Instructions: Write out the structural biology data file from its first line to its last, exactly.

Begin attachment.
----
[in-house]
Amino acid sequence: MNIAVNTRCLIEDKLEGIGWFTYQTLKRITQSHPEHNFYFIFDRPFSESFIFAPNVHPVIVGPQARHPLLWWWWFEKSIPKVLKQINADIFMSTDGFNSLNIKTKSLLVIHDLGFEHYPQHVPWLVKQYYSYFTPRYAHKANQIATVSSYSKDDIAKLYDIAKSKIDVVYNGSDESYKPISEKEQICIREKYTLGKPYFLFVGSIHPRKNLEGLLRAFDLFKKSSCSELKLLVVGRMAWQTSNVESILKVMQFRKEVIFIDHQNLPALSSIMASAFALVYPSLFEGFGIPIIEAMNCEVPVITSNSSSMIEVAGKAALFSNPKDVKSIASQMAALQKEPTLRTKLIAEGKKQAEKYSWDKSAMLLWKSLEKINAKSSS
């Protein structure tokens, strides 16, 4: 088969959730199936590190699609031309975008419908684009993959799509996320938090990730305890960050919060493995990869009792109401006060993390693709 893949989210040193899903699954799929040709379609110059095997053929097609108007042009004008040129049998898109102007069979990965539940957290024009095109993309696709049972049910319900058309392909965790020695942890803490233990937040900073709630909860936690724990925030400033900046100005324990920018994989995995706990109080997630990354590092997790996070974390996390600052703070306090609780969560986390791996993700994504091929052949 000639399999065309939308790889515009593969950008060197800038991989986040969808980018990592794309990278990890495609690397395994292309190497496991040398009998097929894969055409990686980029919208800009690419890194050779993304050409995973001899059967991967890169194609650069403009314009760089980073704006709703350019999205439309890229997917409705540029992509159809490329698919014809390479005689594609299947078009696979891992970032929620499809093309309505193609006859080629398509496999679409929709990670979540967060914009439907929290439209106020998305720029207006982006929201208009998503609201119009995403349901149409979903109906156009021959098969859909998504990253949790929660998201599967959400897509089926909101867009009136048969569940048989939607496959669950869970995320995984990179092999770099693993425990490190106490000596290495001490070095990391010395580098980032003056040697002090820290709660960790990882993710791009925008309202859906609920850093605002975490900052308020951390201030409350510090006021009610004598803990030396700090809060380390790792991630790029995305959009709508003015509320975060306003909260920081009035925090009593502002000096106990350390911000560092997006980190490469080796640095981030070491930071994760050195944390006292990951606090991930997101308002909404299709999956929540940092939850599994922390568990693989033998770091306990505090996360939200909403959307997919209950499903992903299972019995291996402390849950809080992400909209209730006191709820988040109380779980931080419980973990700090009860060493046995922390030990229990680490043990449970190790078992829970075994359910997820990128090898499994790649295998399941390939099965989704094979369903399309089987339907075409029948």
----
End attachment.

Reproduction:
[in-house]
Amino acid sequence: MNIAVNTRCLIEDKLEGIGWFTYQTLKRITQSHPEHNFYFIFDRPFSESFIFAPNVHPVIVGPQARHPLLWWWWFEKSIPKVLKQINADIFMSTDGFNSLNIKTKSLLVIHDLGFEHYPQHVPWLVKQYYSYFTPRYAHKANQIATVSSYSKDDIAKLYDIAKSKIDVVYNGSDESYKPISEKEQICIREKYTLGKPYFLFVGSIHPRKNLEGLLRAFDLFKKSSCSELKLLVVGRMAWQTSNVESILKVMQFRKEVIFIDHQNLPALSSIMASAFALVYPSLFEGFGIPIIEAMNCEVPVITSNSSSMIEVAGKAALFSNPKDVKSIASQMAALQKEPTLRTKLIAEGKKQAEKYSWDKSAMLLWKSLEKINAKSSS
């Protein structure tokens, strides 16, 4: 088969959730199936590190699609031309975008419908684009993959799509996320938090990730305890960050919060493995990869009792109401006060993390693709 893949989210040193899903699954799929040709379609110059095997053929097609108007042009004008040129049998898109102007069979990965539940957290024009095109993309696709049972049910319900058309392909965790020695942890803490233990937040900073709630909860936690724990925030400033900046100005324990920018994989995995706990109080997630990354590092997790996070974390996390600052703070306090609780969560986390791996993700994504091929052949 000639399999065309939308790889515009593969950008060197800038991989986040969808980018990592794309990278990890495609690397395994292309190497496991040398009998097929894969055409990686980029919208800009690419890194050779993304050409995973001899059967991967890169194609650069403009314009760089980073704006709703350019999205439309890229997917409705540029992509159809490329698919014809390479005689594609299947078009696979891992970032929620499809093309309505193609006859080629398509496999679409929709990670979540967060914009439907929290439209106020998305720029207006982006929201208009998503609201119009995403349901149409979903109906156009021959098969859909998504990253949790929660998201599967959400897509089926909101867009009136048969569940048989939607496959669950869970995320995984990179092999770099693993425990490190106490000596290495001490070095990391010395580098980032003056040697002090820290709660960790990882993710791009925008309202859906609920850093605002975490900052308020951390201030409350510090006021009610004598803990030396700090809060380390790792991630790029995305959009709508003015509320975060306003909260920081009035925090009593502002000096106990350390911000560092997006980190490469080796640095981030070491930071994760050195944390006292990951606090991930997101308002909404299709999956929540940092939850599994922390568990693989033998770091306990505090996360939200909403959307997919209950499903992903299972019995291996402390849950809080992400909209209730006191709820988040109380779980931080419980973990700090009860060493046995922390030990229990680490043990449970190790078992829970075994359910997820990128090898499994790649295998399941390939099965989704094979369903399309089987339907075409029948």